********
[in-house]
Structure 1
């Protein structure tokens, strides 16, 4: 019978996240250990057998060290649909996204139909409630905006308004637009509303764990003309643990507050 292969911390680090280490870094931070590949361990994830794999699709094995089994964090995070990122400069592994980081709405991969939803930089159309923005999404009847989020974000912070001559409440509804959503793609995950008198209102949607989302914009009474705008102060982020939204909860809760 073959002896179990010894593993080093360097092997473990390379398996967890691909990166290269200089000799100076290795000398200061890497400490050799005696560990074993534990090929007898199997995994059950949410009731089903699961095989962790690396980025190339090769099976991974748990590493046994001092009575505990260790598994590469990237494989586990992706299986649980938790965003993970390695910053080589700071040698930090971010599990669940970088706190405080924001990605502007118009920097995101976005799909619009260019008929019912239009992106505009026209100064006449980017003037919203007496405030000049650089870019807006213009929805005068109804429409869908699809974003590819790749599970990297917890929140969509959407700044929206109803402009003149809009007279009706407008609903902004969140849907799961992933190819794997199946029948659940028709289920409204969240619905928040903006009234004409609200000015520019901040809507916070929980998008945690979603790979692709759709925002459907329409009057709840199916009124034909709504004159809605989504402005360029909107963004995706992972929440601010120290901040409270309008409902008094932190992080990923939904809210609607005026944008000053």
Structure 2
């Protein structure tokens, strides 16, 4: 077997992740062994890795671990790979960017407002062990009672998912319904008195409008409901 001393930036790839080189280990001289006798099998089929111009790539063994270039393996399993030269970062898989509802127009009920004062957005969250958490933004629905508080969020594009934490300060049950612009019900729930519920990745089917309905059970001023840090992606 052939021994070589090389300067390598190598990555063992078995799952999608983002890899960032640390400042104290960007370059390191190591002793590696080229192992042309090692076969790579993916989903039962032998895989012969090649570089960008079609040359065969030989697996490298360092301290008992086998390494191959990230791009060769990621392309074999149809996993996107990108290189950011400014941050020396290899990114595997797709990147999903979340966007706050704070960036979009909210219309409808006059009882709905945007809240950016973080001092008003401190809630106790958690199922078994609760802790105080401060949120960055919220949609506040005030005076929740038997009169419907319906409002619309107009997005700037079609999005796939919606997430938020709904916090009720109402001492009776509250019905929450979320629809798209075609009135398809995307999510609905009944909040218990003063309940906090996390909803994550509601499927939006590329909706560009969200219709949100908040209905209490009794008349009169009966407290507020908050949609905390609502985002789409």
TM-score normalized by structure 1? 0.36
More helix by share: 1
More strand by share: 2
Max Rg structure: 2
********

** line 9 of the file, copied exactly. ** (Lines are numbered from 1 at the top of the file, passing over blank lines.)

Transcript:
Max Rg structure: 2